OregonLive | Portland Summerfest one of Washington Park’s most popular events for three reasons: A gorgeous location overlooking the city and Mt. Hood, a favorite opera every year and casts as good as at any opera house in the country.
This summer, the great Angela Meade returns to Portland Summerfest to sing the title role in Norma, that Rolls Royce of an opera that purrs down the road on pillowy song. Meade is a favorite soprano of the Metropolitan Opera, perfect for Vincenzo Bellini’s bel canto opera with its luxurious powertrain of sound that pulls the thing along.
Latinos Post | She watched her lover kill himself in Verdi’s Ernani for her Met debut. She was beheaded for perceived adultery in Donizetti’s Anna Bolena three years later. She then committed suicide as Leonora in Verdi’s Il Trovatore in early 2013. And a few months ago she was ready to kill her children as the title character in Bellini’s Norma. All of this on the Metropolitan Opera no less.
Despite the tragic dimensions of most of her roles, Angela Meade feels extremely comfortable in the world of comic opera.
“It’s just a really fun show. I’ve never done anything like this,” said Meade during a recent conversation with Latinos Post about her performances as Alice Ford in the new Met production of Verdi’s Falstaff. “It’s so different from everything that I do. I play tragic characters where I die all the time. It’s nice to have fun and focus on the comedic side and enjoy working with my colleagues.”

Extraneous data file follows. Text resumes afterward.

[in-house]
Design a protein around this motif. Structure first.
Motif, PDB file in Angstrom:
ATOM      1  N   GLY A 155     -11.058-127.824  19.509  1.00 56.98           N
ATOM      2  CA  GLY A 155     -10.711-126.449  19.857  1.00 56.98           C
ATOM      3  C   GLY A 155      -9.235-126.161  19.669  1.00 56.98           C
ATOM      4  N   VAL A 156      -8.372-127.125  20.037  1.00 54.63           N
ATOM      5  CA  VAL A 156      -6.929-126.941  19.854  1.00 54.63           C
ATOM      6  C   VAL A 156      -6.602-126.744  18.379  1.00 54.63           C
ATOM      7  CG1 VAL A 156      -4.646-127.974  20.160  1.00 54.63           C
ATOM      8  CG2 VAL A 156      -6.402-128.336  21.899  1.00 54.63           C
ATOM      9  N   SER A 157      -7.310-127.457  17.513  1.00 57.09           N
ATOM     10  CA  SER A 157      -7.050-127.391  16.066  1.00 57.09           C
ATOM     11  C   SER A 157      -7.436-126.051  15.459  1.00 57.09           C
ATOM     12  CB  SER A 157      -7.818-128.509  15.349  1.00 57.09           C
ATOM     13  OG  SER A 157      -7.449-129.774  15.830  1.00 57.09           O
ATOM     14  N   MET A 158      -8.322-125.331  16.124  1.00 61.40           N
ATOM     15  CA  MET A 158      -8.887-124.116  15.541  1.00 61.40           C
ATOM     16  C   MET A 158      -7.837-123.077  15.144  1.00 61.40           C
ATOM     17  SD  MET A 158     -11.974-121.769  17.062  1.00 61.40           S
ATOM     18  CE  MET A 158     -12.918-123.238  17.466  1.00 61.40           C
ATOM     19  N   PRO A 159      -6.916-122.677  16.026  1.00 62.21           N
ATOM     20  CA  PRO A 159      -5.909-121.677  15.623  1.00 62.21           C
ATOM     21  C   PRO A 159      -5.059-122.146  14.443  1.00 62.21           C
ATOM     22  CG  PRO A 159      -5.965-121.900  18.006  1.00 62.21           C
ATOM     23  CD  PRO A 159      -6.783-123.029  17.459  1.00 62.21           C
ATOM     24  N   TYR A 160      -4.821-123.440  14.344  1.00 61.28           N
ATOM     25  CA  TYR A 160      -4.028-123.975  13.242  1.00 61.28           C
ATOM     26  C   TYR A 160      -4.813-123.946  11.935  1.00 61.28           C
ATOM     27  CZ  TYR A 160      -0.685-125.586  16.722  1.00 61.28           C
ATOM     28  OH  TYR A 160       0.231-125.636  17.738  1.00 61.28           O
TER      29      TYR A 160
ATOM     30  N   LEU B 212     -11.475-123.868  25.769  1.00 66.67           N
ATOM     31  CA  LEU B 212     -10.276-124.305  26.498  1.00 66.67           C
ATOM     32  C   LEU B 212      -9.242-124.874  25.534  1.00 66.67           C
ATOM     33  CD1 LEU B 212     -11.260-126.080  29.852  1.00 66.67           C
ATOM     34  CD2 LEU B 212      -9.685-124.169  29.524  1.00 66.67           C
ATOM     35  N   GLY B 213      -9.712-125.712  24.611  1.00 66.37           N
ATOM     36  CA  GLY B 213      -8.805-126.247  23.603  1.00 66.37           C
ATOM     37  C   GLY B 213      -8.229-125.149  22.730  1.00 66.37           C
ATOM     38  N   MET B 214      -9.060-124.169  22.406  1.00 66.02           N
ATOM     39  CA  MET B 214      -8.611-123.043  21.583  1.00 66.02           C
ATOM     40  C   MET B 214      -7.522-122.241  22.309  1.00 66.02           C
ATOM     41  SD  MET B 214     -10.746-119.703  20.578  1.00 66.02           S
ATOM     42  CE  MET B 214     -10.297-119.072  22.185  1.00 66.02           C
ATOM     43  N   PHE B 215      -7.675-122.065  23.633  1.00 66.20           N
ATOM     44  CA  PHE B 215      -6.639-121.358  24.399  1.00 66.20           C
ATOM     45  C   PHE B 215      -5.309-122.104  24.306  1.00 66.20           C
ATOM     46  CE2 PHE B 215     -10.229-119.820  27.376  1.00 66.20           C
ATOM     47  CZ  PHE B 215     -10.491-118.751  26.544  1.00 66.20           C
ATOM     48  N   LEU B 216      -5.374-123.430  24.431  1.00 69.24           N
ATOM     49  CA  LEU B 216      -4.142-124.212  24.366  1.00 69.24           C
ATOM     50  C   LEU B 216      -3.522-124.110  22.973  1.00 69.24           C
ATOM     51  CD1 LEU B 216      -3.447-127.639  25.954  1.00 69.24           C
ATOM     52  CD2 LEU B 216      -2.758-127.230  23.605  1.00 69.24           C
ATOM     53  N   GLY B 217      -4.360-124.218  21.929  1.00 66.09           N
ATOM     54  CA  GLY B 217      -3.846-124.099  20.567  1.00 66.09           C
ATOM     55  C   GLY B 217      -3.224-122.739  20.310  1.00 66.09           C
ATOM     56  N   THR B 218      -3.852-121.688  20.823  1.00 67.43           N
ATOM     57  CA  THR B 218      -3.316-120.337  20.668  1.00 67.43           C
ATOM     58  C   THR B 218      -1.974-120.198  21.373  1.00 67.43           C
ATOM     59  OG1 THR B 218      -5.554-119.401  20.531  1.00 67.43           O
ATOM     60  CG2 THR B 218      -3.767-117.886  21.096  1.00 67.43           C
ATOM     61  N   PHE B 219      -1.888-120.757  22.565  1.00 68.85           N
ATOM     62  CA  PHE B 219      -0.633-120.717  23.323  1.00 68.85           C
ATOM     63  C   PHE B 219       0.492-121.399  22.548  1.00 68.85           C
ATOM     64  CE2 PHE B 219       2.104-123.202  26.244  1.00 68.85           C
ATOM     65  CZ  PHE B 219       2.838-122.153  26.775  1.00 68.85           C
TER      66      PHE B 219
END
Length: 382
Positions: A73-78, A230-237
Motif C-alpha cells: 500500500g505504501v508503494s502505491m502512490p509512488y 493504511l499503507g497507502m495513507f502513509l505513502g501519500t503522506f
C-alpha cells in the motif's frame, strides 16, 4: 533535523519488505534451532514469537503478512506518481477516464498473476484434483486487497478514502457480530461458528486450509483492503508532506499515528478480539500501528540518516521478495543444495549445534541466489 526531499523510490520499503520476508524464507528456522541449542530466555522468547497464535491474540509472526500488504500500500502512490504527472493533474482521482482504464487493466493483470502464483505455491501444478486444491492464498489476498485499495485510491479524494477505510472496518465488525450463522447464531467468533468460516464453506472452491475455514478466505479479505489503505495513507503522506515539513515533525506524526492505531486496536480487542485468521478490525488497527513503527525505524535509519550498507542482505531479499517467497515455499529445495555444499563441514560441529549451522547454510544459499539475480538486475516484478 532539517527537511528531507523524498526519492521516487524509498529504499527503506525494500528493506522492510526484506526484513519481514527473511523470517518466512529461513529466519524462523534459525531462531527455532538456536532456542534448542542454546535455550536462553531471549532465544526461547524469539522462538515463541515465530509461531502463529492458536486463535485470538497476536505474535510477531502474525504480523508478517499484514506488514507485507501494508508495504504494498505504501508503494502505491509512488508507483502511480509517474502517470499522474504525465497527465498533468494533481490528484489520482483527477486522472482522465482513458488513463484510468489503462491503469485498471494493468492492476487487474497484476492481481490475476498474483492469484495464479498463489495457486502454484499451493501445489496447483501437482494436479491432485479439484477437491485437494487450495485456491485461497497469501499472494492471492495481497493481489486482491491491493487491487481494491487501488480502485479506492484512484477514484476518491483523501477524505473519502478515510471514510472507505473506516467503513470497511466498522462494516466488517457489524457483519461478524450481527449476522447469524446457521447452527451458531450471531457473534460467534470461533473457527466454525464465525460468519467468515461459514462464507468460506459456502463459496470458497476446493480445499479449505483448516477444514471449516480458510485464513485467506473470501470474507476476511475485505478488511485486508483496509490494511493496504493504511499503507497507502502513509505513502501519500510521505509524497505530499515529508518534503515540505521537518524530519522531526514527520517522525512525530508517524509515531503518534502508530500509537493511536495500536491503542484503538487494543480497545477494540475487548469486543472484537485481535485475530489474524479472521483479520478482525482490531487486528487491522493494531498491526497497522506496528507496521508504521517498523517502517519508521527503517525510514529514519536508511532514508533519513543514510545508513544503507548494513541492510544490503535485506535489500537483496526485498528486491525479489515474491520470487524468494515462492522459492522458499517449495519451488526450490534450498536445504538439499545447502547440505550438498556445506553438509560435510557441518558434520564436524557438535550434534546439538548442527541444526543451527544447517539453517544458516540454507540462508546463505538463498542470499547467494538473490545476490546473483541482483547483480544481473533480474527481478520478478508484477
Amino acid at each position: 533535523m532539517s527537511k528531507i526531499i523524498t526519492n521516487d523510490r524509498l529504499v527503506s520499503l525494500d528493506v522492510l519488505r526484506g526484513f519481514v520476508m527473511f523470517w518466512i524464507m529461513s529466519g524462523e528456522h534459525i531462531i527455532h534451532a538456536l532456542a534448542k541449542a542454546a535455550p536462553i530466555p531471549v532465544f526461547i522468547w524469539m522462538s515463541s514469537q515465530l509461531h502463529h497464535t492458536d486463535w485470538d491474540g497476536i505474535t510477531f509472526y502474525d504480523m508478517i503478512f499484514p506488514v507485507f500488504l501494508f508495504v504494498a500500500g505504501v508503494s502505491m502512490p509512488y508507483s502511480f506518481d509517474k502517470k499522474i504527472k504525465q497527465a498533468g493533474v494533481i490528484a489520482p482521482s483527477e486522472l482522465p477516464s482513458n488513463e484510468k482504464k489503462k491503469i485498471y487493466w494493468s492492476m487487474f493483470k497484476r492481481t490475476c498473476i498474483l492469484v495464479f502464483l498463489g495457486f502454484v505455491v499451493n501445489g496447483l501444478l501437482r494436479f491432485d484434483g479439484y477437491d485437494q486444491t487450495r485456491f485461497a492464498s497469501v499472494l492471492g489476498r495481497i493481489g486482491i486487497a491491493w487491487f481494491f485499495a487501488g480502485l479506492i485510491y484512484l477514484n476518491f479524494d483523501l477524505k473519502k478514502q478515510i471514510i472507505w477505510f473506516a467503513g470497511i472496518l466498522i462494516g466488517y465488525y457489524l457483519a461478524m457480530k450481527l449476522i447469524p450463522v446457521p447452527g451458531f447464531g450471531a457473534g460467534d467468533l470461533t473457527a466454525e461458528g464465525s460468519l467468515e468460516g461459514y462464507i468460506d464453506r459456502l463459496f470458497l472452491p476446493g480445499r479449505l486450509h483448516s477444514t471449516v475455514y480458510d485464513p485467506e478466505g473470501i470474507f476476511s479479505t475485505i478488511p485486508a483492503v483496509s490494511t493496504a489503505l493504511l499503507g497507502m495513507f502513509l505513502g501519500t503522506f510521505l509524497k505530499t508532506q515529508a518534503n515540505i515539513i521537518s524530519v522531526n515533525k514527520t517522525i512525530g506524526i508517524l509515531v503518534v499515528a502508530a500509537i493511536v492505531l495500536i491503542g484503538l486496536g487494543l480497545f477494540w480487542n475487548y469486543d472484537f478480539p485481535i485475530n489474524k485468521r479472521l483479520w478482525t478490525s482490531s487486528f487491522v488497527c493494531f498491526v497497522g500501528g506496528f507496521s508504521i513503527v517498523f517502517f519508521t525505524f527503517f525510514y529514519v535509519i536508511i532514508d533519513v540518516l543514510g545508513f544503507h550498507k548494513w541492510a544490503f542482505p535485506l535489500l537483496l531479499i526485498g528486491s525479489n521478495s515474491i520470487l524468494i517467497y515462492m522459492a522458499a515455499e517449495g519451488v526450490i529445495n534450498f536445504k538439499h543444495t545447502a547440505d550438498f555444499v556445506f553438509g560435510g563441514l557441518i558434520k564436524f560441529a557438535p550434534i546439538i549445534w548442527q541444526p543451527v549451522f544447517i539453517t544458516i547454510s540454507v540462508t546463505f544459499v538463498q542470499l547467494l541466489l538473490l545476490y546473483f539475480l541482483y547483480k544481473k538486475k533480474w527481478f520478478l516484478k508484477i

The New York Times | By journalistic tradition, where-are-they-now stories tell of people whose 15 minutes of fame are up. But the reshowing of The Audition, Susan Froemke’s documentary about a competition for young opera singers, on Sunday at noon on Great Performances at the Met on Channel 13, offers an opportunity for a different kind of update. Ms. Froemke’s 2009 film chronicled the grueling final rounds of the 2007 Metropolitan Opera National Council Auditions, in which some 1,800 singers competed for six $15,000 prizes and a chance to catch the ears of the opera world. So where are they now? With the heartbreaking exception of Ryan Smith, a well-liked tenor who won but died of lymphoma before the film’s release, the winning singers are all performing at the Metropolitan Opera and other major opera houses.
The Wall Street Journal | In the Metropolitan Opera’s new production of Falstaff, opening Friday, the singer who plays the youthful Nannetta wears pedal pushers, the kitchen in a key scene is filled with midcentury American appliances and the title character’s first appearance is in a hotel room, surrounded by room-service carts.
Welcome to Falstaff set in the pre-Mad Men era, a far cry from the late-1800s opera created by Giuseppe Verdi, much less the Shakespearean plays from which it is based.
Examiner.com | Though Norma features three male roles, it is chiefly ladies night. The two priestesses, Norma and Adalgisa, sing high-powered duets in both acts—first in friendship, then in rage and anguish, and finally in reconciliation and solidarity—and these were showstoppers. The women’s stage chemistry spurred each other on to greater vocal feats, and they blended divinely.
Soprano Angela Meade, who hails from Centralia, Washington, and now resides in Philadelphia, received thunderous applause following her Act I entrance aria, Casta diva, thought by many to be the most difficult to sing in the soprano literature. In an interview last week, the gifted and immensely talented soprano shared with Examiner.com her insights into the role in general and that aria in particular.